Date of Award


Document Type

Scholarly Project

Degree Name

Master of Physician Assistant Studies (MPAS)


Physician Assistant Studies

First Advisor

Mindy Staveteig

Second Advisor

Daryl Sieg


Type II diabetes; Metformin; SGLT2i; Sulfonylureas; Metformin-SGLT2i; Metforminsulfonylureas; Combination therapy; Monotherapy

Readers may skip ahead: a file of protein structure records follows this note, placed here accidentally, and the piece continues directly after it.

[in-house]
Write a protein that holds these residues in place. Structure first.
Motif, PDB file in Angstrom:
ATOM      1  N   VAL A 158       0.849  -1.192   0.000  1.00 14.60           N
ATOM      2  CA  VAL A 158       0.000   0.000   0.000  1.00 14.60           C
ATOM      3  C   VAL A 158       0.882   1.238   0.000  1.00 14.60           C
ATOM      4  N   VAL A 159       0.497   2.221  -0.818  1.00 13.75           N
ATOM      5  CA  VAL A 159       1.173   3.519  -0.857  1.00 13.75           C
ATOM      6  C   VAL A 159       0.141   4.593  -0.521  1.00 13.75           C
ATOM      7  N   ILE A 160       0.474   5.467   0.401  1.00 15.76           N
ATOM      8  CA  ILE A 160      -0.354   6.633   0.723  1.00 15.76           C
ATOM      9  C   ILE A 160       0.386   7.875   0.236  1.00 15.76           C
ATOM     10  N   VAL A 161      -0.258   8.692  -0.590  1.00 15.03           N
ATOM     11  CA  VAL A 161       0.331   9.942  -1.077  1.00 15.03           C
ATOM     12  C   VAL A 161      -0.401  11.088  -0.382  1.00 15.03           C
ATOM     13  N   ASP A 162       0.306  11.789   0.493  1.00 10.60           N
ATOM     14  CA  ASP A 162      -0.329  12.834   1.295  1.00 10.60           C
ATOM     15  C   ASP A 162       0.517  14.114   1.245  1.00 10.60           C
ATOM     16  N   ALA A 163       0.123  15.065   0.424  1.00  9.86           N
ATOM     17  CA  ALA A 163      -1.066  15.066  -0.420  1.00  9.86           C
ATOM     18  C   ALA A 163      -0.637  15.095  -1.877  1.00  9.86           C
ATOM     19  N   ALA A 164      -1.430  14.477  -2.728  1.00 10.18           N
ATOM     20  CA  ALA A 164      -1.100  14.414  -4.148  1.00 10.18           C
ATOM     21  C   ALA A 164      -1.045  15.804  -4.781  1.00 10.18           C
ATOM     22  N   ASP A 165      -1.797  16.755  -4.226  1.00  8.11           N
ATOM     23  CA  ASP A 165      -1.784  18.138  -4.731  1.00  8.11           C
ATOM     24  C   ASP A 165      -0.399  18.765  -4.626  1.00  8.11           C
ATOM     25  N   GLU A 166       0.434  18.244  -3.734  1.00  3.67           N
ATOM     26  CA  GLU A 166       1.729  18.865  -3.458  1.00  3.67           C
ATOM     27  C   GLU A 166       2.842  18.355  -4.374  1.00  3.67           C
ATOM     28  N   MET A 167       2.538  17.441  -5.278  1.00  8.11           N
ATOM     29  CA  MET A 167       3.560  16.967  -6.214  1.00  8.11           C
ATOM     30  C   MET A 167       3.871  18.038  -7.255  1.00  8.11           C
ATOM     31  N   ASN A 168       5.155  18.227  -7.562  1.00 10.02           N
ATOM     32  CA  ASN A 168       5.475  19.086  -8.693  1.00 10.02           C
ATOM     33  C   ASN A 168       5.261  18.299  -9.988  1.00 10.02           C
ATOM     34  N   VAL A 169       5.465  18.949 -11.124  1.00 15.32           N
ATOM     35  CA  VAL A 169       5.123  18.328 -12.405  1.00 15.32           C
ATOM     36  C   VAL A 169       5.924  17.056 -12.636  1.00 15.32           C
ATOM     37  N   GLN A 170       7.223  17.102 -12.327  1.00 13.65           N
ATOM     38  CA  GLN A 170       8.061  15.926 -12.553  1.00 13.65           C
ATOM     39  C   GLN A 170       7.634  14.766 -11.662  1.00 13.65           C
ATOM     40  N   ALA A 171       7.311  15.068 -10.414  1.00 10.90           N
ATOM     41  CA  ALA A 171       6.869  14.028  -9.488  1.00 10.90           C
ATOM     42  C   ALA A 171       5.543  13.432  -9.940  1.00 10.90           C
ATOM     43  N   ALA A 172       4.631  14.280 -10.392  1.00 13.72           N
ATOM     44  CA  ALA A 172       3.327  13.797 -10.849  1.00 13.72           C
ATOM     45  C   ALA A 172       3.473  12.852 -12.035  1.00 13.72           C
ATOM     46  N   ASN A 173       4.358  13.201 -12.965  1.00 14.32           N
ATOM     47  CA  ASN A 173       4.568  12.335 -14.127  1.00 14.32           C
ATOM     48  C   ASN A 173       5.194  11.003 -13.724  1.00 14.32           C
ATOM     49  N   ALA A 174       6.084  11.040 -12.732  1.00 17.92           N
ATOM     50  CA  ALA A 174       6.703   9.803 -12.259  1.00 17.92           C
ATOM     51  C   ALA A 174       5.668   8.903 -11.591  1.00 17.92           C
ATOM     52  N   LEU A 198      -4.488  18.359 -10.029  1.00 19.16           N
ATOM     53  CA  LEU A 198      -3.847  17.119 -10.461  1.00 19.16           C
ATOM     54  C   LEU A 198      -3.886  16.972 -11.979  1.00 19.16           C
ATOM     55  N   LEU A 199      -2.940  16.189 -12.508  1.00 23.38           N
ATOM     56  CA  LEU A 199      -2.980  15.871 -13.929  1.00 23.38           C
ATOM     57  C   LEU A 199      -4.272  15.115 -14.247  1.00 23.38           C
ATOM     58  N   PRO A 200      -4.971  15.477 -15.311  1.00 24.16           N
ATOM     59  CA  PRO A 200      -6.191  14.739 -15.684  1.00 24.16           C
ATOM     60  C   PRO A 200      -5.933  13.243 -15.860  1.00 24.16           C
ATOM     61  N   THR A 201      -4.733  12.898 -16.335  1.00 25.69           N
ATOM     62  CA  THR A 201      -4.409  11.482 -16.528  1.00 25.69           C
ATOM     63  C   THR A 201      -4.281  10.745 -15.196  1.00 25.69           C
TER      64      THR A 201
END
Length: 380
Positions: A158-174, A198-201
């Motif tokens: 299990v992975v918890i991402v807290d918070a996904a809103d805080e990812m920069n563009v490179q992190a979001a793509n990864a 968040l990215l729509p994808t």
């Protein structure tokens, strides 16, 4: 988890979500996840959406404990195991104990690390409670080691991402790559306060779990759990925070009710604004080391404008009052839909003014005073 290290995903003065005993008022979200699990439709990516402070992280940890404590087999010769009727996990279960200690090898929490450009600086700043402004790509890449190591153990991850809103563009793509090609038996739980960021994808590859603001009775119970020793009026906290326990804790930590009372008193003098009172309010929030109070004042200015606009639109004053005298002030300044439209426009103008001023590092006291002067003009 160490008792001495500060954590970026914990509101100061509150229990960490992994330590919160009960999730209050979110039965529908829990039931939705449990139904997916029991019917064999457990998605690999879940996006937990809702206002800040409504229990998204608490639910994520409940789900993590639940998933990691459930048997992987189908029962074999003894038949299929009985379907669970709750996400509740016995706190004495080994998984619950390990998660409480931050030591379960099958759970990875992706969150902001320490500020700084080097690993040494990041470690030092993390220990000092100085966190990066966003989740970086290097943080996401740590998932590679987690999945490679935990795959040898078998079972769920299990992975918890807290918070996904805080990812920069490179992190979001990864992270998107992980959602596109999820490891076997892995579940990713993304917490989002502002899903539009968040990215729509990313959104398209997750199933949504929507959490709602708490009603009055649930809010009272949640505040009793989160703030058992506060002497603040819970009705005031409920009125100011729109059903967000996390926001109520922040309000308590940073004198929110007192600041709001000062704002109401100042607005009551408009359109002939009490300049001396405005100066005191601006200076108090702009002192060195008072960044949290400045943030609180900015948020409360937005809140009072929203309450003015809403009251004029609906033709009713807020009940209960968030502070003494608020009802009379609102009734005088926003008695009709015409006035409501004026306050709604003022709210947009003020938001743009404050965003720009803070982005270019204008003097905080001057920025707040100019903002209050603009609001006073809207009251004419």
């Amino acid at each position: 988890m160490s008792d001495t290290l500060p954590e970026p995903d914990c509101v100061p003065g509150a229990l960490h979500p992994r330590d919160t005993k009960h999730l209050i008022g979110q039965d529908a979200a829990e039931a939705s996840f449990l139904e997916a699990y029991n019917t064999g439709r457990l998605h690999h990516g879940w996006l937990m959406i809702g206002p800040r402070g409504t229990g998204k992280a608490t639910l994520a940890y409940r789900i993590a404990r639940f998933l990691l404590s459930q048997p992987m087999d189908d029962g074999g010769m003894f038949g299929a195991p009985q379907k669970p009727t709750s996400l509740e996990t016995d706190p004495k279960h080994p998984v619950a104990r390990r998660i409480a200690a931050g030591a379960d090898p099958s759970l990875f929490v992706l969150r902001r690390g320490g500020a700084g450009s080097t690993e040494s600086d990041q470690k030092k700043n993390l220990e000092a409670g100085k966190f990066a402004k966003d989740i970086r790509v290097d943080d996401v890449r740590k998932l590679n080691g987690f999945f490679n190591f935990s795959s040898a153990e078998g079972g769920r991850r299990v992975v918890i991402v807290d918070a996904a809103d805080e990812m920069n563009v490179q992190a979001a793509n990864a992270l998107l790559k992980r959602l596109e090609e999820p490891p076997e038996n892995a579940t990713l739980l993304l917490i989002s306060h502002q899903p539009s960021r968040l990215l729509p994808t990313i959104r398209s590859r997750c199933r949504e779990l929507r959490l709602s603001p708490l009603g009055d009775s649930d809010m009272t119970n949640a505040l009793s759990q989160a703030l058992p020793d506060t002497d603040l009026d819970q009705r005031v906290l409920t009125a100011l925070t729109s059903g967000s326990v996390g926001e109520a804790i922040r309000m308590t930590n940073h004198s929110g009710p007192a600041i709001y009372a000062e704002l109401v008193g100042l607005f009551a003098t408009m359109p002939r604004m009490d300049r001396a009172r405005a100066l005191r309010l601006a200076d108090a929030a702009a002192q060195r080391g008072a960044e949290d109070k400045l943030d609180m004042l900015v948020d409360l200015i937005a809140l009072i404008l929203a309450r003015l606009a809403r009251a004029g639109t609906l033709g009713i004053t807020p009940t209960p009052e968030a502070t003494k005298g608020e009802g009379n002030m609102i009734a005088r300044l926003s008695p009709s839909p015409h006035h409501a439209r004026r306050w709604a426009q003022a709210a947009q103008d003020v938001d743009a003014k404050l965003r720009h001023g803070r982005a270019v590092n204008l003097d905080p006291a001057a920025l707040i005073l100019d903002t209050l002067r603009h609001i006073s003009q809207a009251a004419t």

Diabetes is a major health concern in the United States with many long-term complications, such as heart disease, stroke, kidney failure, blindness, and amputation. According to the Center for Disease Control, as of 2020, 34.1 million of US adult had diabetes and 88 million were prediabetic. Due to the severe complications, it is important to manage diabetes with lifestyle changes and pharmacotherapies. Many oral agents such as metformin, sodium glucose transporter 2 inhibitors (SGLT2i), and sulfonylureas are used in the management of type II diabetes. Metformin is typically the first line pharmacotherapy. However, when metformin alone is not enough to adequately control hyperglycemia, combination therapy is recommended. The goal of this literature review is to investigate differences in safety and efficacy when using monotherapies (metformin, SGLT2i, sulfonylureas) and combination therapy (metformin- SGLT2i versus metformin-sulfonylureas) in management of type II diabetes. A comprehensive literature review was done using different electronic databases such as Pub-Med, Clinical Key, Cochrane Library, access medicine, CINAHL Complete and Dynamed Plus. Review of the literature showed each monotherapy reduces A1c to some extent. SGLT2i users had better cardio-protectiveness than sulfonylureas. The use of metformin-SGLT2i has significantly greater reduction in hemoglobin A1c (HbA1c), and body weight compared to metformin-sulfonylureas. However, sulfonylureas are more widely used because they are cheaper and well-studied. Studies also stated that sulfonylurea cause more hypoglycemic episodes compared to metformin or SGLT2 inhibitors.